Nutrition Lately: February 2017

This is the first post of Nutrition Lately, a series where I’ll be sharing some of my favorite posts on nutrition and health in the news and media lately. Nutrition Lately is all about translating nutrition science and health trends using a practical, evidence-based, and holistic approach.

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Here’s the Latest:

4 Mistakes People Make When Going Gluten-FreeSome people need to follow a gluten-free diet if they have celiac disease, while others choose to hop on the gluten-free bandwagon for its proposed health benefits. The truth is, following a gluten-free diet can be healthier than the typical American diet, but it’s not exactly necessary for people without celiac disease and can backfire if you’re making these mistakes. (Washington Post) 

The ‘Doctor’ Behind the Alkaline Diet is Facing Jail Time: Many celebs have promoted the Alkaline Diet, from Kate Hudson to Gwyneth Paltrow. The diet, created by Dr. Young, claims to lower blood pH and protect against bone disease, cancer and other health conditions. Yet there is no scientific evidence behind these claims: foods can’t significantly influence blood pH and therefore an acidic diet has no direct correlation to these health conditions. The ‘doctor’ behind this diet is finally being called out—he’s facing jail time for recommending an expensive and dangerous “anti-cancer” treatment to terminally ill cancer patients. (Fox News)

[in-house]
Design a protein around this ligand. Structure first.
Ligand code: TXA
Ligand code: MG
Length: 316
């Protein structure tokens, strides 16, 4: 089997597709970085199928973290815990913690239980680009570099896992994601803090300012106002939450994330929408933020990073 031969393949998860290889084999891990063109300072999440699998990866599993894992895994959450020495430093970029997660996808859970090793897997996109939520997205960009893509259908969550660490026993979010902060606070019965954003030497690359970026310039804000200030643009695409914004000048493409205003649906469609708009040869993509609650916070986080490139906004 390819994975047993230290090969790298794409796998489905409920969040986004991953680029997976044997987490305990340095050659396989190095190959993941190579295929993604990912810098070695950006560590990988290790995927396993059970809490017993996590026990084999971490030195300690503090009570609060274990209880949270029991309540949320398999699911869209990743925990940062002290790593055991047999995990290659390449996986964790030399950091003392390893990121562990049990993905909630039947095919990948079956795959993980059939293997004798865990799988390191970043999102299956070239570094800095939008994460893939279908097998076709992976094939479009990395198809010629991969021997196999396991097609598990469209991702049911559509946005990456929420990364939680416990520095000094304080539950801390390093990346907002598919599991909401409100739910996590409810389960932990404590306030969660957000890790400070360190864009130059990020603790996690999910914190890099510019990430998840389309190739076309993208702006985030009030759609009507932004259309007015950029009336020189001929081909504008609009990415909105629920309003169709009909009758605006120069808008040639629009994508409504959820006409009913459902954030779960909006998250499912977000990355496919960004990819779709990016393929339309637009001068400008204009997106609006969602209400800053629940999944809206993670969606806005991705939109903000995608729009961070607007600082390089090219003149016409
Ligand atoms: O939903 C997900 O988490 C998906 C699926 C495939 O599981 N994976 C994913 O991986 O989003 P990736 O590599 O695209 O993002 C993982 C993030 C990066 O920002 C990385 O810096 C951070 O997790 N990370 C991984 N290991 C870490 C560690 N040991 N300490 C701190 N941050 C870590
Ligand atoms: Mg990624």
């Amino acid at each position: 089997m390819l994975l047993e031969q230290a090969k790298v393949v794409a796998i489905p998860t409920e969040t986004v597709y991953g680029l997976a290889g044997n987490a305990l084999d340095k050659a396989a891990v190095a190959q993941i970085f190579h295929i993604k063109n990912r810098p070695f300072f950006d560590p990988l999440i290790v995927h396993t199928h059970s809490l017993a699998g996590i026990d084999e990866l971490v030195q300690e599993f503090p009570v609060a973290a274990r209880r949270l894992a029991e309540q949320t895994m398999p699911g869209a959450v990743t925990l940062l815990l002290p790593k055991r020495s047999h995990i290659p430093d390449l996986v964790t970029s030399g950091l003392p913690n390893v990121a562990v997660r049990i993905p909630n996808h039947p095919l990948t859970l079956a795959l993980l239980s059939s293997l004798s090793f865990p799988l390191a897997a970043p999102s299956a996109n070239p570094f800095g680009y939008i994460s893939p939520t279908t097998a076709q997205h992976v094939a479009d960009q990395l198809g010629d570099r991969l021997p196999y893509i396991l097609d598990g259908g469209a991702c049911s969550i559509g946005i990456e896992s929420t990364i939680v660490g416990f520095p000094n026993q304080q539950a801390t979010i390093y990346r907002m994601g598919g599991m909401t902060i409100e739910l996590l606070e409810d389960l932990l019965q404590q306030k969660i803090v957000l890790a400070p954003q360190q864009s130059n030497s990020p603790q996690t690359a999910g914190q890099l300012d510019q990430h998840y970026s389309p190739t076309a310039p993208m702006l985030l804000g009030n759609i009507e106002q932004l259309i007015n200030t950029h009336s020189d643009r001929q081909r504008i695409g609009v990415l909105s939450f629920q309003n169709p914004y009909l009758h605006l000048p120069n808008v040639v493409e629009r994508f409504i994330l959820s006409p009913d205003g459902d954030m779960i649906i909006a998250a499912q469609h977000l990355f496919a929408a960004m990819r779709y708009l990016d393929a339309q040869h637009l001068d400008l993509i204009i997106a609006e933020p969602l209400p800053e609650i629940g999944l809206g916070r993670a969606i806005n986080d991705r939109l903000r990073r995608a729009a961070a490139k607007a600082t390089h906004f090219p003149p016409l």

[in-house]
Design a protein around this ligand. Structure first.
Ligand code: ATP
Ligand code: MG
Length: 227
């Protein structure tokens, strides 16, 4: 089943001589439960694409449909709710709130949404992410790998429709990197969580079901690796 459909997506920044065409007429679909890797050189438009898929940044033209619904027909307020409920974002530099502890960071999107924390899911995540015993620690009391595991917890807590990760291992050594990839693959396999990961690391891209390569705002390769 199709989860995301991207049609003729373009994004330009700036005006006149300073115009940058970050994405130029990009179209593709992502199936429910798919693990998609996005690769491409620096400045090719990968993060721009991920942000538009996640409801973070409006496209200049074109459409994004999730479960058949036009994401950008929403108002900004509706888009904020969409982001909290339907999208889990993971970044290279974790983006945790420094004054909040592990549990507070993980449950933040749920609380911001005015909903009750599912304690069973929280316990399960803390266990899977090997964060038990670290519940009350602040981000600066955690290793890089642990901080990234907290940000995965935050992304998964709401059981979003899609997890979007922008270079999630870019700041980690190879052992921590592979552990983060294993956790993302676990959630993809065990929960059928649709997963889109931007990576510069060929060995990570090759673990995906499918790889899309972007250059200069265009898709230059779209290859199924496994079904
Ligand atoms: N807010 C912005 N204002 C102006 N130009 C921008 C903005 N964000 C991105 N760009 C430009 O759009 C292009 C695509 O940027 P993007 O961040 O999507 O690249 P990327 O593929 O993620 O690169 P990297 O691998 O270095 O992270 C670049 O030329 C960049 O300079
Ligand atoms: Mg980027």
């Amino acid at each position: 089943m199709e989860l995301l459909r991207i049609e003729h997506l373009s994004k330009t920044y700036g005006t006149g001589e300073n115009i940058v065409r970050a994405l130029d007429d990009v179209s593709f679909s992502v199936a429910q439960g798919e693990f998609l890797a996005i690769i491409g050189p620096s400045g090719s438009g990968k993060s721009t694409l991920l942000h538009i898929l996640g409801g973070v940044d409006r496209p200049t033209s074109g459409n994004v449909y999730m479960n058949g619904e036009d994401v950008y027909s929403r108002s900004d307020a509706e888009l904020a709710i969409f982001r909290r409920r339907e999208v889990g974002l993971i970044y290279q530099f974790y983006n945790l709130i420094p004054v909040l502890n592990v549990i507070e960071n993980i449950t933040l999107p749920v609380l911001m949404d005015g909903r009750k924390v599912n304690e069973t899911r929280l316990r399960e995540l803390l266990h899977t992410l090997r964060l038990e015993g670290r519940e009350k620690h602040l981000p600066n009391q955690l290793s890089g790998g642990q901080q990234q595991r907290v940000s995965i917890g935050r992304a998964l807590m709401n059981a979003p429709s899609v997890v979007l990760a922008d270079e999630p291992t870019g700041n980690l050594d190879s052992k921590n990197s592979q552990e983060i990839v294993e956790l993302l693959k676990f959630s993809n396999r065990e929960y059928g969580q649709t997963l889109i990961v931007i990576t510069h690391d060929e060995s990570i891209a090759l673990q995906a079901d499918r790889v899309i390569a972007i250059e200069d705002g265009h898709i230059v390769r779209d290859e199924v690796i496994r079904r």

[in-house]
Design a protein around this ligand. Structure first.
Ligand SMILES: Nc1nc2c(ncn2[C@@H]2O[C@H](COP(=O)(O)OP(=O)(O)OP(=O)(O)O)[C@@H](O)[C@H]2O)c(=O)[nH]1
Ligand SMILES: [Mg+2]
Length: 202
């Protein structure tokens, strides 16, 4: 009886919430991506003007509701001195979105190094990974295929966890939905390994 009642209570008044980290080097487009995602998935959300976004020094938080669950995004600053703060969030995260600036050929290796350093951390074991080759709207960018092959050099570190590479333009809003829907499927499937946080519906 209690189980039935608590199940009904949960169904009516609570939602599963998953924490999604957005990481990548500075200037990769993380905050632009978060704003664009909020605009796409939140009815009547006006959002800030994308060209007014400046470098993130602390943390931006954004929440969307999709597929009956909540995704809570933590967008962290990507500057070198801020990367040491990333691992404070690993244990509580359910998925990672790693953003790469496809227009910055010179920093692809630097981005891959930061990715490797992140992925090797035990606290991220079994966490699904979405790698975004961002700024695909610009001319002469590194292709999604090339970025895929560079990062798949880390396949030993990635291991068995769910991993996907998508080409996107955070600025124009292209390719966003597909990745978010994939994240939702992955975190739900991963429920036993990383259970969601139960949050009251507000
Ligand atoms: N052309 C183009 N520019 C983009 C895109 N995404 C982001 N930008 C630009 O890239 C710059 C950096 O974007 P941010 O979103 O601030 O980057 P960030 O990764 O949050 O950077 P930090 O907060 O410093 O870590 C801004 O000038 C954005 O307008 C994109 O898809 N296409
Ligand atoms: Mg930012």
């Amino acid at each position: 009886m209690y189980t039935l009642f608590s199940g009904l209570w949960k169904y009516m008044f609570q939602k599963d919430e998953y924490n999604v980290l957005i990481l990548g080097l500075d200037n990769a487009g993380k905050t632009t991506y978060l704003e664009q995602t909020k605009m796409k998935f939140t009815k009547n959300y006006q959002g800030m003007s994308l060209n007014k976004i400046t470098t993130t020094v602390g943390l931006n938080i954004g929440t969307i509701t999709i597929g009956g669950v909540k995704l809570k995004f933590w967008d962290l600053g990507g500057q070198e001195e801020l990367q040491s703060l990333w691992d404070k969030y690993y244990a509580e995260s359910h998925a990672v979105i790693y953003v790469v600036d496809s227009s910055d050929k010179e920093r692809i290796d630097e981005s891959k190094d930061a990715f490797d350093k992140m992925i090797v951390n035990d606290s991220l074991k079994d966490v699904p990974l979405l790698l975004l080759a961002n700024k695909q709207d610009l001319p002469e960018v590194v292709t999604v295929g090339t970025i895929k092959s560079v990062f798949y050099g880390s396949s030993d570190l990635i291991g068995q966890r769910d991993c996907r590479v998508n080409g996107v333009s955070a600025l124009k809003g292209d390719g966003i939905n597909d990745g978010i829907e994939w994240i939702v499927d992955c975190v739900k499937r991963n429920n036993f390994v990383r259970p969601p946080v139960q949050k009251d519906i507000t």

Bad Sugar or Bad Journalism? An Expert Review of “The Case Against Sugar”This post points out the many ways that scientists and journalists can twist nutrition research to fit their personal beliefs by excluding opposing evidence. Taubes’s new book “The Case Against Sugar,” is a prime example of this. He claims that sugar is the main cause of obesity, diabetes, and other health conditions, discrediting the impact of calorie intake, activity level, smoking, and other lifestyle factors. (Stephan Guyenet)

The Idea that Some People Don’t Respond to Exercise Might Be A MythPrevious research suggested that some people receive health benefits from regular exercise, while others do not. However, new studies suggest that everyone can respond to exercise, it may just depend on the type of workout and the intensity. (Business Insider)

Not Having Your Period Is Not NormalThis one is for all the ladies out there! So often birth control or other drugs are used as a Band-Aid to treat amenorrhea. This dietitian and nurse practitioner points out the real reasons we mays have missed periods and potential solutions. Hint: diet, stress, and exercise play an important role. (The Real Life RD) 

Step Away from the Scale: It’s Not All About How Much Weight You LoseWeight is so easy to track and obsess over, but it’s not be the best indicator of health or fitness level. If you’re going to track any numbers, try tracking your body composition tests or waist circumference. Other ideas: track your energy level, strength, mood swings, or cravings. (Washington Post)

Experts Reveal Hidden Dangers Behind SupplementsUnlike drugs, nutrition and herbal supplements are not highly regulated by the Food and Drug Association—they are “considered safe until proven otherwise.” This article is a great reminder of some of the risks of supplement use: unwanted side effects, medication interactions, and serious health risks (i.e. stroke and heart attack). (Science Daily)

Scientists Have Figured Out How Our Brains Sharpen Our Memories While We SleepWhile sleep has always been thought to improve memory, now there’s concrete evidence to support the belief. The synaptic homeostasis hypothesis explained in this article suggests that sleeping reshapes synapses in our brain and ‘prunes’ memories and lessons learned while awake—giving us one more reason to make sleep a priority. (Business Insider)

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